A mother accused of killing her family has withdrawn her son from school



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A mother accused of killing her 13-year-old son and four other family members took the boy out of school about two weeks earlier, a school official said Thursday.

Morrisville superintendent Jason Harris said Thursday that the Shana decree had notified the suburbs of Philadelphia of its withdrawal from Damon Jr., but gave no reason.

Harris said the parents had to follow up on how their child would be educated, but the school never heard from Shana.

"Our staff is absolutely devastated by the fact that this boy is no longer alive.We have had many counselors and county help to help console our children and our staff and to make sense of which is fundamentally nonsense, "Harris said. "We are just heartbroken, we are absolutely heartbroken."

Shana and her 19-year-old daughter, Dominique Decree, are accused of homicide for the death of Shana's 25-year-old daughter, Damon, Shana's sister and her 9-year-old twins.

The bodies were found Monday in a Morrisville apartment where they all lived after the unannounced visit of a county child protection officer. An affidavit from the police said the apartment had been destroyed, with overturned furniture, broken glass and cracked plasterboard.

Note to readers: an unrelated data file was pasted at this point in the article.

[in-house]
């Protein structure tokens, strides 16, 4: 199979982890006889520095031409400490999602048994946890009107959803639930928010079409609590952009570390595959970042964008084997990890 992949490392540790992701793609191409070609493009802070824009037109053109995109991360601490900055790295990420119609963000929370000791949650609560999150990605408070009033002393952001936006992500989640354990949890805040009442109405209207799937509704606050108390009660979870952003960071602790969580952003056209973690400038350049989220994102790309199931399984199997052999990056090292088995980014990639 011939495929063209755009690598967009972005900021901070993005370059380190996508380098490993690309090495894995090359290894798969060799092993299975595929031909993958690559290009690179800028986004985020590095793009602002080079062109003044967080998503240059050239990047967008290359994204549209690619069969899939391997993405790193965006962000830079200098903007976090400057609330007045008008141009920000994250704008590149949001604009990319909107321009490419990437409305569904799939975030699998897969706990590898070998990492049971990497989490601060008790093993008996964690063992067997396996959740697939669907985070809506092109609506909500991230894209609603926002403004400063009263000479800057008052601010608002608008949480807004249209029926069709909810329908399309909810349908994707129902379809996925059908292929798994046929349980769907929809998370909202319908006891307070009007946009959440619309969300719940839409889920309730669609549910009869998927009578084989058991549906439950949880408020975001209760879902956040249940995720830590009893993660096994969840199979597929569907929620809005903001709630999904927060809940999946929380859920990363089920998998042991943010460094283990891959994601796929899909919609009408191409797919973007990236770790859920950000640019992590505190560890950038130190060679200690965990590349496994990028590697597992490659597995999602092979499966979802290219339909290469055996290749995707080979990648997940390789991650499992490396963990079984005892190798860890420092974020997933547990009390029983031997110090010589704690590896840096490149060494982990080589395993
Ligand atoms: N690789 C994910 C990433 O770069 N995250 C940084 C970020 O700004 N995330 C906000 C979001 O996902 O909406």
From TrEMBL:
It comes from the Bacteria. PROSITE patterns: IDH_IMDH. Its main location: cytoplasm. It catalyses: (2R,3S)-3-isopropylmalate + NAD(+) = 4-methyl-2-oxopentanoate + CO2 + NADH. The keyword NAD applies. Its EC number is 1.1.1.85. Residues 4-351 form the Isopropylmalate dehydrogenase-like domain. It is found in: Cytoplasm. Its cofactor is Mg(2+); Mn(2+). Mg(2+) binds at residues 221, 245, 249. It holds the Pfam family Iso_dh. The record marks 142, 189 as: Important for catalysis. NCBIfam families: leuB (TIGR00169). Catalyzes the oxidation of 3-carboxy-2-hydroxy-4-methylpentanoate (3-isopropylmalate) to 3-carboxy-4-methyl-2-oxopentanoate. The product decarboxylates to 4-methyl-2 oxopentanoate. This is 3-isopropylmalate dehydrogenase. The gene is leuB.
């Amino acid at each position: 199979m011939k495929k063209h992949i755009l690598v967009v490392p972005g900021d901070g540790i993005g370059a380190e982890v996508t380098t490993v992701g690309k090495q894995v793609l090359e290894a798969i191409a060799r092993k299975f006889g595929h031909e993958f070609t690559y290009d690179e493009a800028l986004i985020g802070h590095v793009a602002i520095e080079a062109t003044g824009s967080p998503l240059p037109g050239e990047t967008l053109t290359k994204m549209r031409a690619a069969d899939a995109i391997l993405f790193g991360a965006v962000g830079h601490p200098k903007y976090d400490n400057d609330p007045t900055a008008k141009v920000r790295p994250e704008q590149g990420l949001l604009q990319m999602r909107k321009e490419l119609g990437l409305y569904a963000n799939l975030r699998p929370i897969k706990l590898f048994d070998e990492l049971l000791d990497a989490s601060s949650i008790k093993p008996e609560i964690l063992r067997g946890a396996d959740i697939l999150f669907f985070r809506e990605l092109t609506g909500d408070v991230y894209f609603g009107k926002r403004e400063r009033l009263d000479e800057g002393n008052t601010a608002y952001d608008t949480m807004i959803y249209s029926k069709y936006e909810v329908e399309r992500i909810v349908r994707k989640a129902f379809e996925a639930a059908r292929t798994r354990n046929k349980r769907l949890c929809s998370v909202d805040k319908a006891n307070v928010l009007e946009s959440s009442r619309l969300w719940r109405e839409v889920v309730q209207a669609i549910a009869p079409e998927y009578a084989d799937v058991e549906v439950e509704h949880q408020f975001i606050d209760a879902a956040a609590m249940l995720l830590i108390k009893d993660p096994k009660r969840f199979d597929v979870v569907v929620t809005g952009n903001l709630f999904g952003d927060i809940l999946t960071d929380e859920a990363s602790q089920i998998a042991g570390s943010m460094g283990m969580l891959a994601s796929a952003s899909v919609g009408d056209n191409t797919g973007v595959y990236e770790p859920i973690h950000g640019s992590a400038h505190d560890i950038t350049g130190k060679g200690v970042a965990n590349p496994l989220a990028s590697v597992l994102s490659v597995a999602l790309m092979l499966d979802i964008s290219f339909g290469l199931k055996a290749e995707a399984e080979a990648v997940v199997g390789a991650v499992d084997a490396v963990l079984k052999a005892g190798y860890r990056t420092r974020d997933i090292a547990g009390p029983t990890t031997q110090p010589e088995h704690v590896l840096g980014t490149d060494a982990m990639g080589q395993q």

A victim was found with one foot across the wall in an adjacent room.

Shana Decree's lawyer declined to comment. We do not know who represents his daughter.

The police have not yet determined a motive nor said how they died. According to Dominica's decree, at least two victims were strangled, according to the police affidavit.

A family member from North Carolina told TV channels this week that another family member had told him that his home had recently been involved in a cult and that he spoke of "demons mingling with everything," but did not give more details. However, police chief George McClay said there was no evidence at the crime scene that the killings were related to worship.

On Wednesday night, a large crowd invaded a Methodist church in this northeastern city of Philadelphia, and on the other side of the Delaware River from Trenton, for a memorial service. Pastors from different congregations led the mourners to sing "Amazing Grace" and light candles.

"We must be here in solidarity," said Methodist Church pastor Wendy Bellis. "We have to come together … to give love and support."

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